The city of Kent will receive an estimated $28.4 million in federal COVID-19 relief funding from the American Rescue Plan.
Under the legislation’s state and local funding provisions alone, Washington state will receive an estimated $4.25 billion, cities and counties are estimated to receive a total of $2.66 billion, and $189 million will be allocated toward critical infrastructure projects in the state.
U.S. Sen. Patty Murray (D-WA), the chair of the Senate Health, Education, Labor and Pensions Committee, released the estimated relief funding for localities in Washington state through the American Rescue Plan passed by Congress and signed last week by President Joe Biden.
“The city of Kent is grateful to receive direct funding from the federal government as part of the latest COVID-19 federal relief package,” said Bailey Stober, city communications manager, in a March 12 email. “We want to thank our federal delegation including Sens. Patty Murray and Maria Cantwell as well as Reps. Kim Schrier and Adam Smith for their advocacy.”
Stober said it’s undetermined how the city will spend the money.
“We don’t have specifics at this time as to how the money will be allocated and which programs or services will directly benefit since the package was signed by the president just days ago,” Stober said. “Mayor (Dana) Ralph will work with the City Council and the city’s Executive Leadership Team to create a process and plan to allocate Kent’s $28.41 million in one-time funds.
“It is the city’s goal to ensure as much of this money as possible gets into the hands of those who need it the most and have been hardest hit by the economic impacts of COVID-19.”
State and local fiscal relief funds can be used for local economic recovery purposes, including assistance to households, small businesses and nonprofits, assistance to hard-hit industries like tourism, travel and hospitality and infrastructure investment, according to a news release from Murray’s office.
City leaders last May countered an anticipated $15.7 million revenue loss in 2020 due to COVID-19 by cutting 11 full-time employees, using $5 million of general fund reserves, reducing the capital budget transfer fund from the general fund by $3.2 million, eliminating the summer parks recreation program, and using $1 million from the city’s Health and Wellness Fund.
Because of those cutbacks, which also anticipated revenue losses in 2021, further cuts to the 2021-2022 city budget were not necessary when the council adopted the budget late last year.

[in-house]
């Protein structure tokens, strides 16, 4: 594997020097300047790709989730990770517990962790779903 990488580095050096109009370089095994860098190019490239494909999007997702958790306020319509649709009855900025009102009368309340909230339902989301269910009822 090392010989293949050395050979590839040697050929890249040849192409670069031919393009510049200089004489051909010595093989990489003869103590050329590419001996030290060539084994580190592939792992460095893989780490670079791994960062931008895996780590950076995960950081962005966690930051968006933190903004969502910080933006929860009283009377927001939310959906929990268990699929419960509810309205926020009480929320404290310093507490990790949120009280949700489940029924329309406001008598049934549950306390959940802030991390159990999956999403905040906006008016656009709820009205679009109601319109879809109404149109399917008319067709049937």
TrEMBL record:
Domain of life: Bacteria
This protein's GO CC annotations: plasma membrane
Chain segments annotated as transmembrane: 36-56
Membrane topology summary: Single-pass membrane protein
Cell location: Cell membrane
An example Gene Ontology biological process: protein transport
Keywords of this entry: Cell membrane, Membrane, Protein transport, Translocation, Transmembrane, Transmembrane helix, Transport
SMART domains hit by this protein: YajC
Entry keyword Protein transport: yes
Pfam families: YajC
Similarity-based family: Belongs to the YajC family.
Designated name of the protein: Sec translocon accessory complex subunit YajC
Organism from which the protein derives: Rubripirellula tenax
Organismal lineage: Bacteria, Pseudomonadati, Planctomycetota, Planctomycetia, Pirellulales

Kent received $5.8 million in federal relief last year from the CARES Act, according to Derek Matheson, city chief administrative officer.
The city spent $2.3 million on payroll safety expenses (much of it went to public safety; $545,000 to ShoWare Center reopening supplies); $2.1 million on small business grants to about 300 businesses; $756,322 on laptops and other computers so employees could work remotely; $271,534 on medical and protective supplies (PPE); $174,583 on signage, communication, social distancing supplies; $92,290 on job safety retraining and wage reimbursement for aerospace industry; and the remainder on several other items less than $21,000 each.
Overall, the $1.9 trillion American Rescue Plan provides $360 billion to states, territories, Tribes and local governments to be used for responding to the COVID-19 public health emergency, to offset revenue losses, to bolster economic recovery and to provide premium pay for essential workers, according to Murray’s news release.
States, counties and cities with higher unemployment rates will receive more funds as part of the federal formula.
“Beating this virus means making sure our states, counties, cities, towns and Tribes have the resources to continue an effective and strong response — and with the signing of the American Rescue Plan, help is finally on the way,” Murray said. “Washington state families are relying on the people our state and local governments employ — whether it’s our health care workers, our teachers, EMS, transportation workers — to keep our families safe and healthy and our communities running as the work continues to end this pandemic.”
Nationwide, state and local governments have had to eliminate 1.4 million jobs since the pandemic began, and job losses increased by 50,000 in December, according to the Murray news release. The need is particularly pronounced at the local level: a National League of Cities survey showed a 21% revenue decline on average among cities with losses and the National Association of Counties projected a 20% revenue decline. These figures may grow worse over time as property tax revenue decreases have lagged recessions by two years or more.
COVID-19 relief funds
(in millions of dollars)
King County: $436
Des Moines: $7.0
Federal Way: $18.3
Maple Valley: $5.9
Note: List is example of cities